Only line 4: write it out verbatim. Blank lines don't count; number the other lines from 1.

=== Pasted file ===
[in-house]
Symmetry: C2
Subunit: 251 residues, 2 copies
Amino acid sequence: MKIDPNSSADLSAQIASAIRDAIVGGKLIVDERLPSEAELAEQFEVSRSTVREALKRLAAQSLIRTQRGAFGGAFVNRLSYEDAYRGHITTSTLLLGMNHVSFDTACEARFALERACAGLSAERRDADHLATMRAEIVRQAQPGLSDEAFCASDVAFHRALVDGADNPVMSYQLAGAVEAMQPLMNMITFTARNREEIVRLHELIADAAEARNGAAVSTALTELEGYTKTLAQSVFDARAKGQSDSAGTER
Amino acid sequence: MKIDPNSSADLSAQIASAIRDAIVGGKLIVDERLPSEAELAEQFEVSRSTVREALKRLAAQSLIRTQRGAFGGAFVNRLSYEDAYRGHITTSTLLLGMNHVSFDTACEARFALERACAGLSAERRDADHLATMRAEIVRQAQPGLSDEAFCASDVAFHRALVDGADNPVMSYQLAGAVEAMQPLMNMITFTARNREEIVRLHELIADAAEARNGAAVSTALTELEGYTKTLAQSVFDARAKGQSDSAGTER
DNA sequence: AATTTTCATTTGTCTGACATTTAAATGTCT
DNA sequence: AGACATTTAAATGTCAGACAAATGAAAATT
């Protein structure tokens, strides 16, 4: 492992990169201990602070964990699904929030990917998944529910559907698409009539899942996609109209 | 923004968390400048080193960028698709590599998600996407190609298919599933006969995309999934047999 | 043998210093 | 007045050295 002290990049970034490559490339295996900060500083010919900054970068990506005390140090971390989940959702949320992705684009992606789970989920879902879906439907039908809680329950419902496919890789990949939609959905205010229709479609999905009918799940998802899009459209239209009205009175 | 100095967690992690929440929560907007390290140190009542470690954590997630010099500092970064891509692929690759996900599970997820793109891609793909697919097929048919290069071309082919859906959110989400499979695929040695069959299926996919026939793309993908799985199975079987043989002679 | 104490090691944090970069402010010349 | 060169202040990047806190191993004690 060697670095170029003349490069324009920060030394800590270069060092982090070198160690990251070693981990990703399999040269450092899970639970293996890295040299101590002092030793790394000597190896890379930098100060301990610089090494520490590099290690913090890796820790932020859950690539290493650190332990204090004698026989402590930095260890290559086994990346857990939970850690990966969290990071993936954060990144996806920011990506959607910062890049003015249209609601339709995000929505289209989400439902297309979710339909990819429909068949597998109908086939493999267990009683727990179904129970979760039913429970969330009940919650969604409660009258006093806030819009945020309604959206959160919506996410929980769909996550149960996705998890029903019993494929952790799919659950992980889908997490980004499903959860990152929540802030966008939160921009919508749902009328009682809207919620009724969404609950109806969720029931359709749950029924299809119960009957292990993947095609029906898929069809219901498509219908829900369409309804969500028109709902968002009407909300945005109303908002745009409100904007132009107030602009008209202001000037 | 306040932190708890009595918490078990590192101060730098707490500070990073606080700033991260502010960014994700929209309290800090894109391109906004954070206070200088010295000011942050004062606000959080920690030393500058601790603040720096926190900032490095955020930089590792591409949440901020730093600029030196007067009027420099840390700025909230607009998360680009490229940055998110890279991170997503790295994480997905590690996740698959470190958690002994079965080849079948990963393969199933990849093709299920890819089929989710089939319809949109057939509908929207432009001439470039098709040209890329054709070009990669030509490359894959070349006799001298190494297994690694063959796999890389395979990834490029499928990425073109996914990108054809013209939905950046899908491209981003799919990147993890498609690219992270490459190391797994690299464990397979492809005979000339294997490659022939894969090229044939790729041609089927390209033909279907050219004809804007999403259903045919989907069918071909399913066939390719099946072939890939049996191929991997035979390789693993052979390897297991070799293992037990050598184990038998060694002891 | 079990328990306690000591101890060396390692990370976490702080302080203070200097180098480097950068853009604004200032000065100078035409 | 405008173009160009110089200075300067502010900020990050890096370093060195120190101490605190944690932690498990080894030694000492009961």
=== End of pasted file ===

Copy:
Amino acid sequence: MKIDPNSSADLSAQIASAIRDAIVGGKLIVDERLPSEAELAEQFEVSRSTVREALKRLAAQSLIRTQRGAFGGAFVNRLSYEDAYRGHITTSTLLLGMNHVSFDTACEARFALERACAGLSAERRDADHLATMRAEIVRQAQPGLSDEAFCASDVAFHRALVDGADNPVMSYQLAGAVEAMQPLMNMITFTARNREEIVRLHELIADAAEARNGAAVSTALTELEGYTKTLAQSVFDARAKGQSDSAGTER